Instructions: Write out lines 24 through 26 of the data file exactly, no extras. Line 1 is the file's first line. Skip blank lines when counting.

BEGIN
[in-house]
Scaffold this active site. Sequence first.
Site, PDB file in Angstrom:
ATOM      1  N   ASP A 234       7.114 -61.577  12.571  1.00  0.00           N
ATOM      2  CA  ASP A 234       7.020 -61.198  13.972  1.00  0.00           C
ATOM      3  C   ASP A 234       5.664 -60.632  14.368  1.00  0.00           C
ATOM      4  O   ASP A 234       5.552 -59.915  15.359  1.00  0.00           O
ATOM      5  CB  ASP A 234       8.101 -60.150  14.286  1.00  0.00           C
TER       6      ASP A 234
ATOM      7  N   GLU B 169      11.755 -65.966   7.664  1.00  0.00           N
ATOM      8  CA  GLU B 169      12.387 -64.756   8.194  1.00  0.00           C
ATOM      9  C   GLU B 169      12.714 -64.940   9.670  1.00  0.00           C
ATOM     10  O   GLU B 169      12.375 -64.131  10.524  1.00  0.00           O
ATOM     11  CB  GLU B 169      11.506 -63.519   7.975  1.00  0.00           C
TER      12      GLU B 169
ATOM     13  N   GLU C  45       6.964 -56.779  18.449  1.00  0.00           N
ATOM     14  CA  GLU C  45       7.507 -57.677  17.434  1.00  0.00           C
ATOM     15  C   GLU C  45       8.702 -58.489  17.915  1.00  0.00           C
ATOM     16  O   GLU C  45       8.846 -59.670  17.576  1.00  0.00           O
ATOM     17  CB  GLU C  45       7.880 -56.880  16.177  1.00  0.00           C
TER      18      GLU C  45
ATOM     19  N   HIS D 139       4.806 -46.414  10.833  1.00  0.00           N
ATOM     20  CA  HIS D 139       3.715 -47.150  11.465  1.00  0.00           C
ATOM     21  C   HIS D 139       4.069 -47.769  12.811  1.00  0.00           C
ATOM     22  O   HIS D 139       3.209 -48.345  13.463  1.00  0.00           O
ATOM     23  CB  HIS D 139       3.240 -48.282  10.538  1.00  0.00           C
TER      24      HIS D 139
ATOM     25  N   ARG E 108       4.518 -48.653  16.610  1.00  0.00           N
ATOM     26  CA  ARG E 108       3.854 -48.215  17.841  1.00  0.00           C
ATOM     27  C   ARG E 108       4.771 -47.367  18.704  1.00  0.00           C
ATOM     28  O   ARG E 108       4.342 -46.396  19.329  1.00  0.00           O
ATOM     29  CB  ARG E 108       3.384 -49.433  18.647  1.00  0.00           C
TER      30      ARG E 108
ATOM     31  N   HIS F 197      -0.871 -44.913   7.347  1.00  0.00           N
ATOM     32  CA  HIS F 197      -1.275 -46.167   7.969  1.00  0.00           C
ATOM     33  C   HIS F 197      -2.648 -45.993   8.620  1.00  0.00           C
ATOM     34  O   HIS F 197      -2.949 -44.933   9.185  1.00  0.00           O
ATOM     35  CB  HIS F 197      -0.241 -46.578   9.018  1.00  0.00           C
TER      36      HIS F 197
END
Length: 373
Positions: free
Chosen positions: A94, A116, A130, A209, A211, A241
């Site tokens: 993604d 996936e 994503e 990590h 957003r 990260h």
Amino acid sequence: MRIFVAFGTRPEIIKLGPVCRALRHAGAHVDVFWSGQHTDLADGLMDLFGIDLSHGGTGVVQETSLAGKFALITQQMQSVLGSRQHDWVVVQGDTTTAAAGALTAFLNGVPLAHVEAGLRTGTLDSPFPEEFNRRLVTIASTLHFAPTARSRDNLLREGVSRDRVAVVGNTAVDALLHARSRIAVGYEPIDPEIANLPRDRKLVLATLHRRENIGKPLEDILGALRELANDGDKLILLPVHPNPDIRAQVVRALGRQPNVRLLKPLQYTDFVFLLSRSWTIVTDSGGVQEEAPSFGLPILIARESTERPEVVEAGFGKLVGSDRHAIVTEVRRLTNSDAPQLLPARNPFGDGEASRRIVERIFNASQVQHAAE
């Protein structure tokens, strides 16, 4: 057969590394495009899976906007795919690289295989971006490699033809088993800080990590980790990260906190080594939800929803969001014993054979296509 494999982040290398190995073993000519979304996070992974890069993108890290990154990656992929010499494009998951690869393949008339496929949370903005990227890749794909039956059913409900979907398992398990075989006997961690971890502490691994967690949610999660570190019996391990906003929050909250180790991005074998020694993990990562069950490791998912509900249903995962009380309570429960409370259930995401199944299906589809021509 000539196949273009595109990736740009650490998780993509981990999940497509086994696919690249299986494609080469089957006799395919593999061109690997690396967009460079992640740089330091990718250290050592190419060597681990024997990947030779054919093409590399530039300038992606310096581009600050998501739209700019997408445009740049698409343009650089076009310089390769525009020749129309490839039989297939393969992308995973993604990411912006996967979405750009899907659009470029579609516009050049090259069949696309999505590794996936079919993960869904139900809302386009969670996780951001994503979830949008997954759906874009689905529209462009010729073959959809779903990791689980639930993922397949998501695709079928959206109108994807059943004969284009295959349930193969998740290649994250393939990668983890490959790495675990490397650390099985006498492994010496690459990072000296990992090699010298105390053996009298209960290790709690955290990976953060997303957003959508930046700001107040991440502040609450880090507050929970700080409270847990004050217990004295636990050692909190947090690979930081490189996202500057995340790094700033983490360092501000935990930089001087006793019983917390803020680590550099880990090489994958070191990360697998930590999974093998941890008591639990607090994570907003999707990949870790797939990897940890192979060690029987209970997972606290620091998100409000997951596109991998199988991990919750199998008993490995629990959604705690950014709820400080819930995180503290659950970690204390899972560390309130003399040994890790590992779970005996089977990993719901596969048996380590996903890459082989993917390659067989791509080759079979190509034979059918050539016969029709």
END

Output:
ATOM     21  C   HIS D 139       4.069 -47.769  12.811  1.00  0.00           C
ATOM     22  O   HIS D 139       3.209 -48.345  13.463  1.00  0.00           O
ATOM     23  CB  HIS D 139       3.240 -48.282  10.538  1.00  0.00           C